Does Blended Learning Really Work?
“Does blended learning really work?” This question has become increasingly popular over the last decade or so. Educators and researchers around the world want to know does including technology into the classroom help students learn? Considering the amounts of money and resources poured into school technology, this truly is the “million-dollar” question.
Over the past year, I have read numerous articles and studies to determine this very question and the honest truth is the results are mixed. There is literature that states blended learning makes little to no difference in student achievement. However, there are also numerous studies that support the implementation of technology in teaching and learning.
Take for instance this 2015 study from Saudi Arabia. Researchers there examined the effects of blended learning on fifth-grade students to determine if a blended learning environment would improve reading and language skills in students. The researchers performed a qualitative research design where they examined 49 fifth grades student’s achievement in learning the Arabic language.
The results were quite impressive. The mean scores of the experimental groups post achievement examine increased by (M=9.64) when compared to control groups. To understand this significance, the researchers ran an ANCOVA to determine the covariance between the learning method and the post achievement test. In essence, the researchers simply wanted to find out if the increase in mean scores was related to the use of technology in the classroom. Sure enough, the results came back (0.000) which indicates statistical significance at (a ≤ 0.05). To put it plainly the researcher found that blended learning helped the students learn Arabic.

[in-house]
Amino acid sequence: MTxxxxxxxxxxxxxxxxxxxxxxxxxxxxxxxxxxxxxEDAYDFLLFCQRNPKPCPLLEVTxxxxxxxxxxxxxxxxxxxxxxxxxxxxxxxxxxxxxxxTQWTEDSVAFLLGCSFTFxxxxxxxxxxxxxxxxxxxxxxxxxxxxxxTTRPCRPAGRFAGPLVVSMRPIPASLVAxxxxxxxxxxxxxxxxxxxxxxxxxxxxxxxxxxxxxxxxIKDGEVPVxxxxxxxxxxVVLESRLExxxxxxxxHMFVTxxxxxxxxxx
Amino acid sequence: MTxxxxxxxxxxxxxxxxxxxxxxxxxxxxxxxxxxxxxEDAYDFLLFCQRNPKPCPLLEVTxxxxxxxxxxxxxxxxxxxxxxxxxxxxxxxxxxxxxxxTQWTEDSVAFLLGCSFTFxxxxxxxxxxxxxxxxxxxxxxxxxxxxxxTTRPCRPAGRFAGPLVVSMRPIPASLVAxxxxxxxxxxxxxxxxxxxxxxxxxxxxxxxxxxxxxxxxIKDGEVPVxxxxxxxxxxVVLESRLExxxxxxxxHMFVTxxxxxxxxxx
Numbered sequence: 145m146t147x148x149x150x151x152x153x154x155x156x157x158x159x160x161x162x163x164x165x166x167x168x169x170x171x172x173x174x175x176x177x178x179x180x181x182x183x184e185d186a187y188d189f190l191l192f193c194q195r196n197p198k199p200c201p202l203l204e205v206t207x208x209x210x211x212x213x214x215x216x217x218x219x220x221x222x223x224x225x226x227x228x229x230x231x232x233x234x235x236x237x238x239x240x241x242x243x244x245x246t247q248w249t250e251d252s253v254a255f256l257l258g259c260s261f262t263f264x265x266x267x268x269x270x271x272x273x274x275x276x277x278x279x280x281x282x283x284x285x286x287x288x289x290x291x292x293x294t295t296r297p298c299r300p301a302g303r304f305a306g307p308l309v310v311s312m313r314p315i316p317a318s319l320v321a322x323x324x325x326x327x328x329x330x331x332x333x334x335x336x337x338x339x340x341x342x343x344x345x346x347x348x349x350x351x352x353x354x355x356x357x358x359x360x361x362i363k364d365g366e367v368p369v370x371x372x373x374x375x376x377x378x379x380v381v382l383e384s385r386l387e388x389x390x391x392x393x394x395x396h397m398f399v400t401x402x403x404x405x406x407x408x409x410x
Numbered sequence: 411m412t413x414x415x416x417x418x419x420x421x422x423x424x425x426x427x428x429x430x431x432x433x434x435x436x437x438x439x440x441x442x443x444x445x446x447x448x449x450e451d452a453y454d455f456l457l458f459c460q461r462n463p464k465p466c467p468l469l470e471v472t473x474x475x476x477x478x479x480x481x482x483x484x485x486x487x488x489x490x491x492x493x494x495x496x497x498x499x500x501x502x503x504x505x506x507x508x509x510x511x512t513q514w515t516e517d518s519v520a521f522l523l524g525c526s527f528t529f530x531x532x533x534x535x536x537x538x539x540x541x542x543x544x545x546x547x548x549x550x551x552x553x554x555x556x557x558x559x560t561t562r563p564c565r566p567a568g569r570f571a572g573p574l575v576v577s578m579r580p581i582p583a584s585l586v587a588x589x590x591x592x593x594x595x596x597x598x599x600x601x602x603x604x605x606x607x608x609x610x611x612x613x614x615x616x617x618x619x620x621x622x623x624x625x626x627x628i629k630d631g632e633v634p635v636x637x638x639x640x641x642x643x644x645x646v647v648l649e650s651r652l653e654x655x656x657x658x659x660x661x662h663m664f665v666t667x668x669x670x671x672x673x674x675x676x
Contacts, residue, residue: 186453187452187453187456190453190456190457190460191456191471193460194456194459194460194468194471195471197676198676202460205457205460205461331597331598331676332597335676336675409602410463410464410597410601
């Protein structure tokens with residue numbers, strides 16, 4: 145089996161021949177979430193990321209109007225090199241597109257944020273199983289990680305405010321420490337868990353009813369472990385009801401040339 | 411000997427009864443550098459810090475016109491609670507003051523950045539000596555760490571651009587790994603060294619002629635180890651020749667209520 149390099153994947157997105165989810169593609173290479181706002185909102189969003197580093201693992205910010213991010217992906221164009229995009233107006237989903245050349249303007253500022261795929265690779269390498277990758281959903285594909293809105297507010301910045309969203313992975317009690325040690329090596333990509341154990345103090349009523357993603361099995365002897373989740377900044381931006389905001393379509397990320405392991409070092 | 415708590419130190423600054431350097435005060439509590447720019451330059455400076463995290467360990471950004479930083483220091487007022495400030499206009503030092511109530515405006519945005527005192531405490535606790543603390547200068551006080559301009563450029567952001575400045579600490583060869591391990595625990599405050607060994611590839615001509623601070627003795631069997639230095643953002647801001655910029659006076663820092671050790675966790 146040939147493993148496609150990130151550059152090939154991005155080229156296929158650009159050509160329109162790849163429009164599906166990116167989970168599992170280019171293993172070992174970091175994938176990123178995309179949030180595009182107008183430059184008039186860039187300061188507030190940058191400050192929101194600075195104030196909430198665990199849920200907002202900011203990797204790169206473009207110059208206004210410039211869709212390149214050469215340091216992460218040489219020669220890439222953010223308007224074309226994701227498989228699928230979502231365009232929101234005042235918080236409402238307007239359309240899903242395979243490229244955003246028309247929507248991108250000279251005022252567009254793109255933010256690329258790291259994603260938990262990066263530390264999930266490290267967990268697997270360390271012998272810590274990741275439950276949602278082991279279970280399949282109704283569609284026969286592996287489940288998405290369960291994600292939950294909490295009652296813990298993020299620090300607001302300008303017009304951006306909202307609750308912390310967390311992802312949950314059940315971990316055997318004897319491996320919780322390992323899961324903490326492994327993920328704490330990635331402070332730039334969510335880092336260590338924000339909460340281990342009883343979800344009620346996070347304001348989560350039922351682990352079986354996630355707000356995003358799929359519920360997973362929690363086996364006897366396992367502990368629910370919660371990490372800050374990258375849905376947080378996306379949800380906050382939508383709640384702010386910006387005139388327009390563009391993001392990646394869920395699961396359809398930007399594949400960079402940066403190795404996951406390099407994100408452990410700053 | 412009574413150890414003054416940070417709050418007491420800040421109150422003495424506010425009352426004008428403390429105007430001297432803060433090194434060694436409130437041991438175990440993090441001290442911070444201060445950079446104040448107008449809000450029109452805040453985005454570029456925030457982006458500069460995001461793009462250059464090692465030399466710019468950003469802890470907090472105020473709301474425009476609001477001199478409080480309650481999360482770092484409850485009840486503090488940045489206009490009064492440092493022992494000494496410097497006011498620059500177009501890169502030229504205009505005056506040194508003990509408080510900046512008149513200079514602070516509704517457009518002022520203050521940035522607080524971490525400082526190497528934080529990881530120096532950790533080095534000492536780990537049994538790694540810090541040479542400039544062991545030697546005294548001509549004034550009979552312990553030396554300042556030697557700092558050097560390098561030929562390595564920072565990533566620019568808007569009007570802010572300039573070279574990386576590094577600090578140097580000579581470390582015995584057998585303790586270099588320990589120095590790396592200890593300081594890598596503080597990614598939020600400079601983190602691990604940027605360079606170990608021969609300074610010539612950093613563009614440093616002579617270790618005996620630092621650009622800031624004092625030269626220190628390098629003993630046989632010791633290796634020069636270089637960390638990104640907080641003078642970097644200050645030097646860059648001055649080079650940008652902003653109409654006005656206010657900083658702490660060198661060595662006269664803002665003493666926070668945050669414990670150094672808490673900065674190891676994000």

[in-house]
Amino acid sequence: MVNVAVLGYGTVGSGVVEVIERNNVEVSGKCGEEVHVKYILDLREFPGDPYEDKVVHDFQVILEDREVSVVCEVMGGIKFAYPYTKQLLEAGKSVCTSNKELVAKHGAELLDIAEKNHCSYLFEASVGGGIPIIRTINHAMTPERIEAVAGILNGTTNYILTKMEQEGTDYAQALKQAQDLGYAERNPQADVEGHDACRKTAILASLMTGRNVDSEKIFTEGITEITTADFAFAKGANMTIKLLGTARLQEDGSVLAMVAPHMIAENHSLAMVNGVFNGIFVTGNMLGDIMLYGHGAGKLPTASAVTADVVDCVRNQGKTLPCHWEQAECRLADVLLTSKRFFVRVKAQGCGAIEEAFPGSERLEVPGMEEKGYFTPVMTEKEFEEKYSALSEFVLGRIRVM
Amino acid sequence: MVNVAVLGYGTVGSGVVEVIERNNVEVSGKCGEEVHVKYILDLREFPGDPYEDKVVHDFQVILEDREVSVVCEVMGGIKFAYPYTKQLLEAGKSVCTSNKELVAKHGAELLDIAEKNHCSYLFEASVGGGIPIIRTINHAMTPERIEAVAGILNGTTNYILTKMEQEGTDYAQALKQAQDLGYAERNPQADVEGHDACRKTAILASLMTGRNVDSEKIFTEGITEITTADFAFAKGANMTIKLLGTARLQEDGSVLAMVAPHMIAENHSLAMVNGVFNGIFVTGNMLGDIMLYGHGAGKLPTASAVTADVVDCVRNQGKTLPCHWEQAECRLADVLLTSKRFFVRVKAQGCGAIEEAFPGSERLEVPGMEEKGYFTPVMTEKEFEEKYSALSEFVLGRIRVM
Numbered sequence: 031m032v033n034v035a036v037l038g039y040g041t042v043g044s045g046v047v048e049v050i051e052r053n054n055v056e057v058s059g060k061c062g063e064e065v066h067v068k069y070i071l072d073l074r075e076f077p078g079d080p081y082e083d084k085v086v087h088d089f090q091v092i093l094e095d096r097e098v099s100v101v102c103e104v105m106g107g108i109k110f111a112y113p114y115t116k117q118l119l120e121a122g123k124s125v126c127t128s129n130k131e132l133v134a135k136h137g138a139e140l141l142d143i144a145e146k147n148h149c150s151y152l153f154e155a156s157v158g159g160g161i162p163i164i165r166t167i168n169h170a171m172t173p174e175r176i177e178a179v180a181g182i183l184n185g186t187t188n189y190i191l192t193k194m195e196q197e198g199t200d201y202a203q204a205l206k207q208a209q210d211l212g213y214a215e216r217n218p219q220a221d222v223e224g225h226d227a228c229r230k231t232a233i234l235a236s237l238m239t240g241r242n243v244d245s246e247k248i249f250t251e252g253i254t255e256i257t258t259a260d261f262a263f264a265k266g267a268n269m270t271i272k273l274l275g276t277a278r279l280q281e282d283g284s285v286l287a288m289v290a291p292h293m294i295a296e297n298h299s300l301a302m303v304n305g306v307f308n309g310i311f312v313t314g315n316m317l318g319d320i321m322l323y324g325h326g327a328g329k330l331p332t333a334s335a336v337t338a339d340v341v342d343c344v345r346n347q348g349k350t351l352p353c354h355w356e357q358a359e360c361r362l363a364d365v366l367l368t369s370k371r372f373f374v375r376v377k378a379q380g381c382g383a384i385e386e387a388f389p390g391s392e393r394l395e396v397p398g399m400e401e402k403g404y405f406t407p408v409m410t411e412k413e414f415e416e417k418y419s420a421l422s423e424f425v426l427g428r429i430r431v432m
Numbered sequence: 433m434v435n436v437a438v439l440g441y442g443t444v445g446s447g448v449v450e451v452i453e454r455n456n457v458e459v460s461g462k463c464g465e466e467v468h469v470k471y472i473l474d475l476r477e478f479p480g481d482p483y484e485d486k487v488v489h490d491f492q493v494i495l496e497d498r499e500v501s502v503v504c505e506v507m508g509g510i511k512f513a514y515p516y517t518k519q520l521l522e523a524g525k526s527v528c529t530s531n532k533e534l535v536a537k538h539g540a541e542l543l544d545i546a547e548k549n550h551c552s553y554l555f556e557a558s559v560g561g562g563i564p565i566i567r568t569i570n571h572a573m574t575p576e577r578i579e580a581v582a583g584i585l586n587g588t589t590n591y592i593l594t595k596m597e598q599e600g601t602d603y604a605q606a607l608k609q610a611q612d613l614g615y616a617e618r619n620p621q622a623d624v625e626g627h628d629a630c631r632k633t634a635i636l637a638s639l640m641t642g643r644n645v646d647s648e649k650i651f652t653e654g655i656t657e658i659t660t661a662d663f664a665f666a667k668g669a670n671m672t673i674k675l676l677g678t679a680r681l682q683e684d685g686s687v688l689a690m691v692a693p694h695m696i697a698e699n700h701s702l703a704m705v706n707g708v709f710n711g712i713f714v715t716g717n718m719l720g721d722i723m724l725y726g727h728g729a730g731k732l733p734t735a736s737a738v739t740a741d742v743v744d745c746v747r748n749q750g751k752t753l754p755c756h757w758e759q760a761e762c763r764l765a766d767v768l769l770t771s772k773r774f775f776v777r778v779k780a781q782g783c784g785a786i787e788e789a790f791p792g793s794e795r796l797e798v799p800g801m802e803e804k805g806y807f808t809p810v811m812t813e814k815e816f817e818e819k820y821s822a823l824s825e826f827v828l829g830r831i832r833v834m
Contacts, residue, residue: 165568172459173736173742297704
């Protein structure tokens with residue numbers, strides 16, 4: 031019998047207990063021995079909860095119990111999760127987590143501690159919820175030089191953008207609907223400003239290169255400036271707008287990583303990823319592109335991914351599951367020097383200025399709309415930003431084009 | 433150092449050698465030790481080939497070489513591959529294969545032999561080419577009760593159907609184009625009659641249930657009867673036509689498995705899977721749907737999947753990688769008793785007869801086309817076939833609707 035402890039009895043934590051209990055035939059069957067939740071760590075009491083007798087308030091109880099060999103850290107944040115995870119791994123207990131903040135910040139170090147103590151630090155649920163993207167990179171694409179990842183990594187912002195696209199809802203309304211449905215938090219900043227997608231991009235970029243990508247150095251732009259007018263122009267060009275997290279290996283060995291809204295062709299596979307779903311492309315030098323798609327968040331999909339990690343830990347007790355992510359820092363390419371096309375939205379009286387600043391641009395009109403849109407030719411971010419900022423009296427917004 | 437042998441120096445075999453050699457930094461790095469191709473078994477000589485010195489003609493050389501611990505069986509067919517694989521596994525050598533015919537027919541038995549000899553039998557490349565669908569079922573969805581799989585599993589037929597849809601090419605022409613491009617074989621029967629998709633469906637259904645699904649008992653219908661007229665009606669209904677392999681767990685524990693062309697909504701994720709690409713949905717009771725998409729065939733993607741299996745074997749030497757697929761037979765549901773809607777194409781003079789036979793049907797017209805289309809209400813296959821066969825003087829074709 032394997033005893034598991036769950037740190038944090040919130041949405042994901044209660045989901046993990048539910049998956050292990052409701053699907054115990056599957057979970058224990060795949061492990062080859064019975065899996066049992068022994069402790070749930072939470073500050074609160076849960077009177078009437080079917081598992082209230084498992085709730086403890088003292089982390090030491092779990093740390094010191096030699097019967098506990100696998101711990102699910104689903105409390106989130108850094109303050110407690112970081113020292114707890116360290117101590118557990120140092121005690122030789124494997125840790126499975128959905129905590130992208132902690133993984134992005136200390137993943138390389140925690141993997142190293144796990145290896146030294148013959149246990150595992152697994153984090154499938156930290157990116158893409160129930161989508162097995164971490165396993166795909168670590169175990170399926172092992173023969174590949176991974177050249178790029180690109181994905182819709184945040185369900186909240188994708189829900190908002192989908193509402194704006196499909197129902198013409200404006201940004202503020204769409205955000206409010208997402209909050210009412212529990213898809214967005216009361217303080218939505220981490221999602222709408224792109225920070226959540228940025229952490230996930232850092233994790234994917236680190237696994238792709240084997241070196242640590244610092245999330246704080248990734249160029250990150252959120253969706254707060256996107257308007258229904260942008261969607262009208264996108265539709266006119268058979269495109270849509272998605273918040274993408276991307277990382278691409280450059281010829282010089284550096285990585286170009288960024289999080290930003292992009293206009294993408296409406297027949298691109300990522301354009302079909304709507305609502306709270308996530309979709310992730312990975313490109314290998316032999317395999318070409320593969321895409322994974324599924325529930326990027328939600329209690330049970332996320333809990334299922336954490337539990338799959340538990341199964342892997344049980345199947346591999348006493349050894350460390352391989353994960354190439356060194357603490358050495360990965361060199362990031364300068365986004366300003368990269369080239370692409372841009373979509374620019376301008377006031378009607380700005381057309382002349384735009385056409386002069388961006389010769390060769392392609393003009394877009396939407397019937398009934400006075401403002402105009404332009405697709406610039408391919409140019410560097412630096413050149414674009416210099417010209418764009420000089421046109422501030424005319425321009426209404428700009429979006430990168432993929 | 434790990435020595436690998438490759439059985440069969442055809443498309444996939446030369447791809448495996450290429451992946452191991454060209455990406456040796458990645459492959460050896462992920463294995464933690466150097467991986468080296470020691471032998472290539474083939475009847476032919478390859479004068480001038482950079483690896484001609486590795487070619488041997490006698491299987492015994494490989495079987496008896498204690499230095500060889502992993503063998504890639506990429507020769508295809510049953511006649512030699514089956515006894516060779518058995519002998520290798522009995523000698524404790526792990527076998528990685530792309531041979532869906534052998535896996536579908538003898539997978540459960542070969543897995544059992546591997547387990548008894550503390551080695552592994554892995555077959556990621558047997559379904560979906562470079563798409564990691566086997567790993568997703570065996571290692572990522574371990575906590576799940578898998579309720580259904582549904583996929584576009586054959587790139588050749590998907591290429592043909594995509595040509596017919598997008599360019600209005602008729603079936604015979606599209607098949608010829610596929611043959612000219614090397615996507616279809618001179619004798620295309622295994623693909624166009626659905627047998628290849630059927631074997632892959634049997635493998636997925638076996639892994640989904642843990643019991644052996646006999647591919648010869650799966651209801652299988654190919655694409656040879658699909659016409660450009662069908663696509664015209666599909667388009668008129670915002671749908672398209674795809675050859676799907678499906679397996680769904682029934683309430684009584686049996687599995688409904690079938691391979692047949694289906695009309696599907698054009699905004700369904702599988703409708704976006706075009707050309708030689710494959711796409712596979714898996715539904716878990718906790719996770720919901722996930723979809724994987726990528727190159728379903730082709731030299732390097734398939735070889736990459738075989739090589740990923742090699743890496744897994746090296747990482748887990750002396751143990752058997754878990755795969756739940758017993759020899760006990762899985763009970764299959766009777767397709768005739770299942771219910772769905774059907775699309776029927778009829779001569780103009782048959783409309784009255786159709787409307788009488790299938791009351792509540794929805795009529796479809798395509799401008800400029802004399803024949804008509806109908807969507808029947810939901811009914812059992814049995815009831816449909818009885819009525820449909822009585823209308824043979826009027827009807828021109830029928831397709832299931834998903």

However, to me, the importance is not that blended learning showed a significance. It was how the technology was incorporated into the classroom that mattered. The researchers noted that the students were in a blended learning environment that promoted student to teacher interactions, student to content connections, and student to student discussions all while receiving corrective feedback from the teacher. The researchers noted that blended learning in conjunction with the qualities of excellent teaching makes the difference. When teachers can use technology ubiquitously to enhance lessons, promote critical thinking, and increase student verbal skills through social interaction, then powerful learning can happen.
This is important because there is a belief that putting students through a station rotation on a digital curriculum increases learning. I believe this is an oversimplified approach. I worry that millions of dollars in education are spent on digital curriculums trying to find a “silver bullet.” When in reality, as Marzano et al. (2001) would indicate, effective learning comes from effective teachers and effective teachers use effective teaching strategies. As we continue to move through the digital age, it is my hope that we don’t forget about the power of the classroom teacher and the effect “good” teaching has on students.
Al-Madani, F. (2015). The effect of blended learning approach on fifth grade students' academic achievement in my beautiful language textbook and the development of their verbal creative thinking in Saudi Arabia. Journal of International Education Research, 11(4), 253-n/a.
Marzano, R. J., Pickering, D. J., & Pollack, J. E. (2001). Classroom Instruction that Works Research-Based Strategies for Increasing Student Achievement. Alexandria, VA: ASCD.